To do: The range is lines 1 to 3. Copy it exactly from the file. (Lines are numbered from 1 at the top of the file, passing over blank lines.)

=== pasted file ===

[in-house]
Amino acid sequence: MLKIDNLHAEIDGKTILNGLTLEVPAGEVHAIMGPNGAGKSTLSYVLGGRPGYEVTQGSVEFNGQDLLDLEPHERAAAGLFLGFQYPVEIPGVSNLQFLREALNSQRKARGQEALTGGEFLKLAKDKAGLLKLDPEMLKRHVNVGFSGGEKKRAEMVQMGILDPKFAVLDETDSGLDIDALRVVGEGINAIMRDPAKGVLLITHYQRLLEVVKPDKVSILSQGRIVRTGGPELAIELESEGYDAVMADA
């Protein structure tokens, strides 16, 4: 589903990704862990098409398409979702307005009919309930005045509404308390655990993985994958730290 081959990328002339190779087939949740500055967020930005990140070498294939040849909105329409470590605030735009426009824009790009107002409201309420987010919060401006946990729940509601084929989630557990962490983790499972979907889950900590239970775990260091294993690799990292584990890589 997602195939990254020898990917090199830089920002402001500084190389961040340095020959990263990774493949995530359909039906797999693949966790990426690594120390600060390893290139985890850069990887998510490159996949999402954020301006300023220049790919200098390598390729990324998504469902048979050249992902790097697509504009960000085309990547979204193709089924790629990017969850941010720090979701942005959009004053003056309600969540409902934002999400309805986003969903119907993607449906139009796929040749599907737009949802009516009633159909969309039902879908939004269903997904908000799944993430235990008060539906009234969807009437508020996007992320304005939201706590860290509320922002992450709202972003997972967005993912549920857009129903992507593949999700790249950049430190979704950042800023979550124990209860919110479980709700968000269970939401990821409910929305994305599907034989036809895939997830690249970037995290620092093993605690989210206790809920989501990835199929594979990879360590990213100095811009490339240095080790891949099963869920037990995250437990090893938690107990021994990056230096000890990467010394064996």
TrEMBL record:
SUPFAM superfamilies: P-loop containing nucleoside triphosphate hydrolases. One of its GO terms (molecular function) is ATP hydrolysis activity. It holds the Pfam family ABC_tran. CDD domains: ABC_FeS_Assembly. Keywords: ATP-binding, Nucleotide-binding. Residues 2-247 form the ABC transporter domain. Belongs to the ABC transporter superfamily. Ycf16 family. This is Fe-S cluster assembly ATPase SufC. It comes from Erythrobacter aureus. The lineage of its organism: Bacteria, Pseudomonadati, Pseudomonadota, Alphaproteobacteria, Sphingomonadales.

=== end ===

[in-house]
Amino acid sequence: MLKIDNLHAEIDGKTILNGLTLEVPAGEVHAIMGPNGAGKSTLSYVLGGRPGYEVTQGSVEFNGQDLLDLEPHERAAAGLFLGFQYPVEIPGVSNLQFLREALNSQRKARGQEALTGGEFLKLAKDKAGLLKLDPEMLKRHVNVGFSGGEKKRAEMVQMGILDPKFAVLDETDSGLDIDALRVVGEGINAIMRDPAKGVLLITHYQRLLEVVKPDKVSILSQGRIVRTGGPELAIELESEGYDAVMADA
């Protein structure tokens, strides 16, 4: 589903990704862990098409398409979702307005009919309930005045509404308390655990993985994958730290 081959990328002339190779087939949740500055967020930005990140070498294939040849909105329409470590605030735009426009824009790009107002409201309420987010919060401006946990729940509601084929989630557990962490983790499972979907889950900590239970775990260091294993690799990292584990890589 997602195939990254020898990917090199830089920002402001500084190389961040340095020959990263990774493949995530359909039906797999693949966790990426690594120390600060390893290139985890850069990887998510490159996949999402954020301006300023220049790919200098390598390729990324998504469902048979050249992902790097697509504009960000085309990547979204193709089924790629990017969850941010720090979701942005959009004053003056309600969540409902934002999400309805986003969903119907993607449906139009796929040749599907737009949802009516009633159909969309039902879908939004269903997904908000799944993430235990008060539906009234969807009437508020996007992320304005939201706590860290509320922002992450709202972003997972967005993912549920857009129903992507593949999700790249950049430190979704950042800023979550124990209860919110479980709700968000269970939401990821409910929305994305599907034989036809895939997830690249970037995290620092093993605690989210206790809920989501990835199929594979990879360590990213100095811009490339240095080790891949099963869920037990995250437990090893938690107990021994990056230096000890990467010394064996």